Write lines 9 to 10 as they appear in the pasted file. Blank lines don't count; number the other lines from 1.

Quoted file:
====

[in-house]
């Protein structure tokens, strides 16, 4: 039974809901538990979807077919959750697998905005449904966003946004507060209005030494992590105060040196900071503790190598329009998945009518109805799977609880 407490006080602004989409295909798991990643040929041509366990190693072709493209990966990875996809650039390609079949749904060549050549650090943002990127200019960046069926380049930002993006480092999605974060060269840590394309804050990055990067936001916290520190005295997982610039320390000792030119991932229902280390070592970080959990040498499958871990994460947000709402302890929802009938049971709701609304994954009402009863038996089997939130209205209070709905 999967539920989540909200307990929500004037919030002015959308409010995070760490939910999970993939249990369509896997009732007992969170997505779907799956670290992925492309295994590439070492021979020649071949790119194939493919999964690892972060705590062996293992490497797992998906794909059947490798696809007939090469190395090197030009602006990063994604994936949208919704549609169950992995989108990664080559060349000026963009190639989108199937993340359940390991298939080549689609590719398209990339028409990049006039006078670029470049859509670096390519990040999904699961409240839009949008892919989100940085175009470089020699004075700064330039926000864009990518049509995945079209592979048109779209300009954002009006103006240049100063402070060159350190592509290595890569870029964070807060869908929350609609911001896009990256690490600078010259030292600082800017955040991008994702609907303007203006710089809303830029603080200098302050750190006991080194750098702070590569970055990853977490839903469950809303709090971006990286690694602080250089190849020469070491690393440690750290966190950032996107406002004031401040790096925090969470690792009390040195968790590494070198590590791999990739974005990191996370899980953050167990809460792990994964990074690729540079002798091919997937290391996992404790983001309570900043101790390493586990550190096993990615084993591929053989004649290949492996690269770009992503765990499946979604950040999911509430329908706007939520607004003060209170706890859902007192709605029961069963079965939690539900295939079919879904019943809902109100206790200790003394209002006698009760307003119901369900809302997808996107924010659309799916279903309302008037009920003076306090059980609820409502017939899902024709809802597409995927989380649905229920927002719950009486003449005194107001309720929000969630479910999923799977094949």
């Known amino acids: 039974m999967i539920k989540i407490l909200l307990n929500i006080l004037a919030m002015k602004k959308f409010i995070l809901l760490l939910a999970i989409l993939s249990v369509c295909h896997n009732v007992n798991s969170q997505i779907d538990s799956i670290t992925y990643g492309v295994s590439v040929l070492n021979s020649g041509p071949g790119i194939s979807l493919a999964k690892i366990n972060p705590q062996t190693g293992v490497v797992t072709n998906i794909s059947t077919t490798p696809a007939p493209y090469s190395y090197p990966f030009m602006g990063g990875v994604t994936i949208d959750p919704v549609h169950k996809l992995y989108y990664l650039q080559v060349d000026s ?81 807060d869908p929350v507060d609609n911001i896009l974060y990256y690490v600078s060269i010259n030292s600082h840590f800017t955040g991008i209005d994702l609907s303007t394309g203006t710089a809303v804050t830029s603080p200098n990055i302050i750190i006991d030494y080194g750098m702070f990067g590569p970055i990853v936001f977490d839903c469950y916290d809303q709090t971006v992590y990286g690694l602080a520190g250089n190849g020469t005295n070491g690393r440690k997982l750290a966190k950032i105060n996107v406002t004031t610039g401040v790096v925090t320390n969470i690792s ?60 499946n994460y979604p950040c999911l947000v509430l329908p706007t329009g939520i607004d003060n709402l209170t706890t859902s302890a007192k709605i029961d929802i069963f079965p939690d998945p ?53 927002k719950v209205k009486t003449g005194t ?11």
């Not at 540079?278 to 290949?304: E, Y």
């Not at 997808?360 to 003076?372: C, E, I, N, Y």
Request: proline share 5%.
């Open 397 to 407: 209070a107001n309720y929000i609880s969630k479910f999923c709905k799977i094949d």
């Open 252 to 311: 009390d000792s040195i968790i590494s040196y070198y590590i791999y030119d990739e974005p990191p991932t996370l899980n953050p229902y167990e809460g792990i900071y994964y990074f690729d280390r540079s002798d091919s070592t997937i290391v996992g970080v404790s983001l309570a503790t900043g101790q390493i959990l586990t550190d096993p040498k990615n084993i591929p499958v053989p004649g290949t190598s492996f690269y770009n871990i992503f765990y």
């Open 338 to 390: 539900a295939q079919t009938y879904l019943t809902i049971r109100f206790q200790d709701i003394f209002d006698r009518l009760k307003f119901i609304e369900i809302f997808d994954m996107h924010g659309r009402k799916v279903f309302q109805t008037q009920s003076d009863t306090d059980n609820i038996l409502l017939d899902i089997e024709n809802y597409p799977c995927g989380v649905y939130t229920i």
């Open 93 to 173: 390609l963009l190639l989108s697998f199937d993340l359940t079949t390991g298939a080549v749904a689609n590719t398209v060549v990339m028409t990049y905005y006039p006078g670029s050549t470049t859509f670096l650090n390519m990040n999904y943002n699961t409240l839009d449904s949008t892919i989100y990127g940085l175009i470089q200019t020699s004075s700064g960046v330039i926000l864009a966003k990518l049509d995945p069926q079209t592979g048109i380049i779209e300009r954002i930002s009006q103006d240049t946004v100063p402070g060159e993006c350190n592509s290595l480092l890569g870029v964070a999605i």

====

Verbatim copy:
């Open 338 to 390: 539900a295939q079919t009938y879904l019943t809902i049971r109100f206790q200790d709701i003394f209002d006698r009518l009760k307003f119901i609304e369900i809302f997808d994954m996107h924010g659309r009402k799916v279903f309302q109805t008037q009920s003076d009863t306090d059980n609820i038996l409502l017939d899902i089997e024709n809802y597409p799977c995927g989380v649905y939130t229920i």
């Open 93 to 173: 390609l963009l190639l989108s697998f199937d993340l359940t079949t390991g298939a080549v749904a689609n590719t398209v060549v990339m028409t990049y905005y006039p006078g670029s050549t470049t859509f670096l650090n390519m990040n999904y943002n699961t409240l839009d449904s949008t892919i989100y990127g940085l175009i470089q200019t020699s004075s700064g960046v330039i926000l864009a966003k990518l049509d995945p069926q079209t592979g048109i380049i779209e300009r954002i930002s009006q103006d240049t946004v100063p402070g060159e993006c350190n592509s290595l480092l890569g870029v964070a999605i």